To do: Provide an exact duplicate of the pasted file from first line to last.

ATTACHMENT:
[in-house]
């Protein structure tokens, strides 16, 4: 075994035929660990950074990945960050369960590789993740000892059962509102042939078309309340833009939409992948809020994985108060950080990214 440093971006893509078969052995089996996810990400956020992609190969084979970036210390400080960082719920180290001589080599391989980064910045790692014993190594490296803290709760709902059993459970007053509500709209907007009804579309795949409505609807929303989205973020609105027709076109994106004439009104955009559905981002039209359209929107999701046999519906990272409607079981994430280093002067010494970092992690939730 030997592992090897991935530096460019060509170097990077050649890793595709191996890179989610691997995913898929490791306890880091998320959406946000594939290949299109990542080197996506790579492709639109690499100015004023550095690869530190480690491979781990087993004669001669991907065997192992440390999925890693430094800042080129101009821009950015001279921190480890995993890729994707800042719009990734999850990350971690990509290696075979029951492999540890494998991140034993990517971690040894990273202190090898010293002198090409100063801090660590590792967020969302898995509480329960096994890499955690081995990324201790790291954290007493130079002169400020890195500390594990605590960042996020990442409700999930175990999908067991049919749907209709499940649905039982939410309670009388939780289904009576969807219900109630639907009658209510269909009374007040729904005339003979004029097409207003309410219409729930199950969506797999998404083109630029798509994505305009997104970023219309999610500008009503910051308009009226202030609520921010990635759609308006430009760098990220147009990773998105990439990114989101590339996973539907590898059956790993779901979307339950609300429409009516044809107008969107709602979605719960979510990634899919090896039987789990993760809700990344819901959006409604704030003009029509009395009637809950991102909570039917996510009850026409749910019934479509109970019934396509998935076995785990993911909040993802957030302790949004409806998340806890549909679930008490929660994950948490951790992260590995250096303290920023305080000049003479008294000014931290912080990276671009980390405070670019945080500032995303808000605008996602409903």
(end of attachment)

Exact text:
[in-house]
């Protein structure tokens, strides 16, 4: 075994035929660990950074990945960050369960590789993740000892059962509102042939078309309340833009939409992948809020994985108060950080990214 440093971006893509078969052995089996996810990400956020992609190969084979970036210390400080960082719920180290001589080599391989980064910045790692014993190594490296803290709760709902059993459970007053509500709209907007009804579309795949409505609807929303989205973020609105027709076109994106004439009104955009559905981002039209359209929107999701046999519906990272409607079981994430280093002067010494970092992690939730 030997592992090897991935530096460019060509170097990077050649890793595709191996890179989610691997995913898929490791306890880091998320959406946000594939290949299109990542080197996506790579492709639109690499100015004023550095690869530190480690491979781990087993004669001669991907065997192992440390999925890693430094800042080129101009821009950015001279921190480890995993890729994707800042719009990734999850990350971690990509290696075979029951492999540890494998991140034993990517971690040894990273202190090898010293002198090409100063801090660590590792967020969302898995509480329960096994890499955690081995990324201790790291954290007493130079002169400020890195500390594990605590960042996020990442409700999930175990999908067991049919749907209709499940649905039982939410309670009388939780289904009576969807219900109630639907009658209510269909009374007040729904005339003979004029097409207003309410219409729930199950969506797999998404083109630029798509994505305009997104970023219309999610500008009503910051308009009226202030609520921010990635759609308006430009760098990220147009990773998105990439990114989101590339996973539907590898059956790993779901979307339950609300429409009516044809107008969107709602979605719960979510990634899919090896039987789990993760809700990344819901959006409604704030003009029509009395009637809950991102909570039917996510009850026409749910019934479509109970019934396509998935076995785990993911909040993802957030302790949004409806998340806890549909679930008490929660994950948490951790992260590995250096303290920023305080000049003479008294000014931290912080990276671009980390405070670019945080500032995303808000605008996602409903």